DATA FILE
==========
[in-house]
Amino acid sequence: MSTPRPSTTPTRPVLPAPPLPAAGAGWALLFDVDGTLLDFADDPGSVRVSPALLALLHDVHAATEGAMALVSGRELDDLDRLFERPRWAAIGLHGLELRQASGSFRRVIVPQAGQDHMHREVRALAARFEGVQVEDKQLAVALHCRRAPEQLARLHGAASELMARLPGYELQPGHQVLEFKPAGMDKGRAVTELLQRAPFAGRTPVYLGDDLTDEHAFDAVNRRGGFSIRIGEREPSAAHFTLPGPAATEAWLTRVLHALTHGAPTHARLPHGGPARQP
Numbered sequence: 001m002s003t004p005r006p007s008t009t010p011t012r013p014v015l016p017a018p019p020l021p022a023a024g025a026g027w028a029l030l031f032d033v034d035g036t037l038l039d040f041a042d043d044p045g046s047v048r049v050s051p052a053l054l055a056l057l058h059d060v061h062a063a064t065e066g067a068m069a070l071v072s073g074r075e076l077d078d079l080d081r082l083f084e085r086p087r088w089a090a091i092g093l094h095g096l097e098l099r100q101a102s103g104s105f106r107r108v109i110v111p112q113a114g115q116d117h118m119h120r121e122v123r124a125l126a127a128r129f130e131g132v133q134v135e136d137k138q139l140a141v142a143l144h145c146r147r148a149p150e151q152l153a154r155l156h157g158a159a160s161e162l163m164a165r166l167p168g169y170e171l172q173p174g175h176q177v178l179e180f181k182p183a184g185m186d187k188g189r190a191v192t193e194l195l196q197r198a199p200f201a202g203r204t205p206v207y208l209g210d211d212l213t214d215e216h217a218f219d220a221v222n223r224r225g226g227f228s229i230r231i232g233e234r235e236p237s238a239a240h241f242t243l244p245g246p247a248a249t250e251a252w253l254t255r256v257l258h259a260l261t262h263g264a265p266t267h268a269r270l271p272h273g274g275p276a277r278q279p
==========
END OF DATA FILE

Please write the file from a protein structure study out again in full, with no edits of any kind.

[in-house]
Amino acid sequence: MSTPRPSTTPTRPVLPAPPLPAAGAGWALLFDVDGTLLDFADDPGSVRVSPALLALLHDVHAATEGAMALVSGRELDDLDRLFERPRWAAIGLHGLELRQASGSFRRVIVPQAGQDHMHREVRALAARFEGVQVEDKQLAVALHCRRAPEQLARLHGAASELMARLPGYELQPGHQVLEFKPAGMDKGRAVTELLQRAPFAGRTPVYLGDDLTDEHAFDAVNRRGGFSIRIGEREPSAAHFTLPGPAATEAWLTRVLHALTHGAPTHARLPHGGPARQP
Numbered sequence: 001m002s003t004p005r006p007s008t009t010p011t012r013p014v015l016p017a018p019p020l021p022a023a024g025a026g027w028a029l030l031f032d033v034d035g036t037l038l039d040f041a042d043d044p045g046s047v048r049v050s051p052a053l054l055a056l057l058h059d060v061h062a063a064t065e066g067a068m069a070l071v072s073g074r075e076l077d078d079l080d081r082l083f084e085r086p087r088w089a090a091i092g093l094h095g096l097e098l099r100q101a102s103g104s105f106r107r108v109i110v111p112q113a114g115q116d117h118m119h120r121e122v123r124a125l126a127a128r129f130e131g132v133q134v135e136d137k138q139l140a141v142a143l144h145c146r147r148a149p150e151q152l153a154r155l156h157g158a159a160s161e162l163m164a165r166l167p168g169y170e171l172q173p174g175h176q177v178l179e180f181k182p183a184g185m186d187k188g189r190a191v192t193e194l195l196q197r198a199p200f201a202g203r204t205p206v207y208l209g210d211d212l213t214d215e216h217a218f219d220a221v222n223r224r225g226g227f228s229i230r231i232g233e234r235e236p237s238a239a240h241f242t243l244p245g246p247a248a249t250e251a252w253l254t255r256v257l258h259a260l261t262h263g264a265p266t267h268a269r270l271p272h273g274g275p276a277r278q279p